This year there was considerably more time allowed between rounds and for the evening break. Generally, each 4 player game was allotted 30-40 minutes to be completed which sounds a lot of time but in fact seems about right when you consider that there are some top class players in the competition and they do take a while to finish. Saturday's games all finished without any major incidents leaving 32 players to meet another 32 who already qualified at regional DPA competitions.
On Sunday morning the second round started along with the women's competition. Like last year proceedings got off to a slow start with the scheduled 10:00am start delayed by an hour, time that could sensibly have been spent sleeping bit longer. There was also a mix up with the scoring/game-order cards which meant that they had to be recalled and reprinted which accounted for much of the delay, a delay that continued through the whole of Sunday resulting in games with - in some cases - no break at all between them, while others were of an uncertain duration. In one game a player had to abandon their game as another competition had started in the recreational hall. Basically, the schedule went out the window so it became confused when some events would start. You really had to stay in the competition hall to hear the announcements.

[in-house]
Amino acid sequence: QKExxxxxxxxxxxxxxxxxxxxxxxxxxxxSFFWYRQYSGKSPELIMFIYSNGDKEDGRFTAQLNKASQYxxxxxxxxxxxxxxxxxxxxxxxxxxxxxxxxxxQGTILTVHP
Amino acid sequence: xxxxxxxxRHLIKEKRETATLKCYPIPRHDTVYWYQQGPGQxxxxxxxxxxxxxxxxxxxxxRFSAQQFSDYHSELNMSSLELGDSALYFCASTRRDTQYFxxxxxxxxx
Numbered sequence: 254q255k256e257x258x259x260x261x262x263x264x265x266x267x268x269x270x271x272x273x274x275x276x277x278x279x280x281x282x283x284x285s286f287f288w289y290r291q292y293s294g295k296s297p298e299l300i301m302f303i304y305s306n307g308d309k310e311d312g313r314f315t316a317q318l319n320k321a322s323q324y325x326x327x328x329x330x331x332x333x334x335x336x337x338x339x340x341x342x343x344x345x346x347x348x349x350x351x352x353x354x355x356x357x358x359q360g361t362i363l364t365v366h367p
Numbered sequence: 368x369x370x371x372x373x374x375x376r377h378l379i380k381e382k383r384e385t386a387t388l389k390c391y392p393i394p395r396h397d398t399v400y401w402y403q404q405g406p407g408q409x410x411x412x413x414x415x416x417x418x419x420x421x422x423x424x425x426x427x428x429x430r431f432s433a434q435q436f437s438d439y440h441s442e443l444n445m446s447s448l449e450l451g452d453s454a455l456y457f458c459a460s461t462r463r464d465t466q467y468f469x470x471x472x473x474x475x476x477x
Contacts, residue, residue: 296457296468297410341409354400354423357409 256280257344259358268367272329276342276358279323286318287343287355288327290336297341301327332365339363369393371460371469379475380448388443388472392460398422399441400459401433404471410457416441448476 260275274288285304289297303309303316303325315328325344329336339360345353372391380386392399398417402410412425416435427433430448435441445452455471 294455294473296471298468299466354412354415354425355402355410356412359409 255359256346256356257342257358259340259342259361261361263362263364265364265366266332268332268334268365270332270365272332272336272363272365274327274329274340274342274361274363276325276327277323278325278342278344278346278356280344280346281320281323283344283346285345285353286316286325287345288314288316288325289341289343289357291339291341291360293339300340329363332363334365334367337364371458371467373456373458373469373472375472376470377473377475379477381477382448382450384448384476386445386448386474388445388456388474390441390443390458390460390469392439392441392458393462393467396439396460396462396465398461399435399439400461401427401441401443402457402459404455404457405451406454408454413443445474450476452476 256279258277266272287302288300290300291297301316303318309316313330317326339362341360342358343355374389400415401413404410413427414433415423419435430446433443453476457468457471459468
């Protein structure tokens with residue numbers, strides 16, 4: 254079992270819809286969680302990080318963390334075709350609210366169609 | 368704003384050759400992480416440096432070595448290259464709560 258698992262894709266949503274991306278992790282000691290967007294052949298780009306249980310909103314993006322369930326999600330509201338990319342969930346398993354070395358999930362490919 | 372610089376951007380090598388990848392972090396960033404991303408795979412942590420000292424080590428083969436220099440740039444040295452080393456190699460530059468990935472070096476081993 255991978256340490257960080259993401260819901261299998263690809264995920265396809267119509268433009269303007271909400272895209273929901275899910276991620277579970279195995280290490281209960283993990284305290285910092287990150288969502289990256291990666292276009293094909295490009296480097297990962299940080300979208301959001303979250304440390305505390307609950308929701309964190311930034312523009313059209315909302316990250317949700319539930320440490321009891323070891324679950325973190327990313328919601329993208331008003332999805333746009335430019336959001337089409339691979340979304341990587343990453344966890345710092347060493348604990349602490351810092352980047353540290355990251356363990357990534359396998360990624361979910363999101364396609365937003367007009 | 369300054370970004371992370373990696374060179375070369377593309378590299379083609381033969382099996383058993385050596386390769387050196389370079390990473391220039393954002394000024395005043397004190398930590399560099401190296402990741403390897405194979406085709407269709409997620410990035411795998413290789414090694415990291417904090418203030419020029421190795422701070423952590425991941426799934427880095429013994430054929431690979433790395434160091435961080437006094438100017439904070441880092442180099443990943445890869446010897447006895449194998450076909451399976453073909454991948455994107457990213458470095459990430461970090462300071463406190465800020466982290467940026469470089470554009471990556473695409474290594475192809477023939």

After the second round, twelve top scorers continued to the final.
There were 4 games set up, 3 for the main championship and 1 for the veterans competition. The 3 games were Junkyard, Medieval Madness and Congo (which was subsequently replaced by a Tales Of The Arabian Nights after a fault developed). The veterans also played a Medieval Madness. The twelve finalists were Roy Wils, Mike Parkins (UK), Trent Augenstein (USA), Martijn van Amsterdam, Eko Elens, Taco Wouters, Joska Keunekamp, Neil Shatz (USA), Marco Wopkes (D), Albert Nomden, Michel van den Elzen and Dirk Klaver.
The obvious problem with this system is that players never know how well they are doing until all the games are over. They get an indication but the final result is only known a few minutes after the last game finishes. It was intended to have a final playoff with the top 3 (1 from each group of 4) battling it out but due to lack of time this wasn't possible.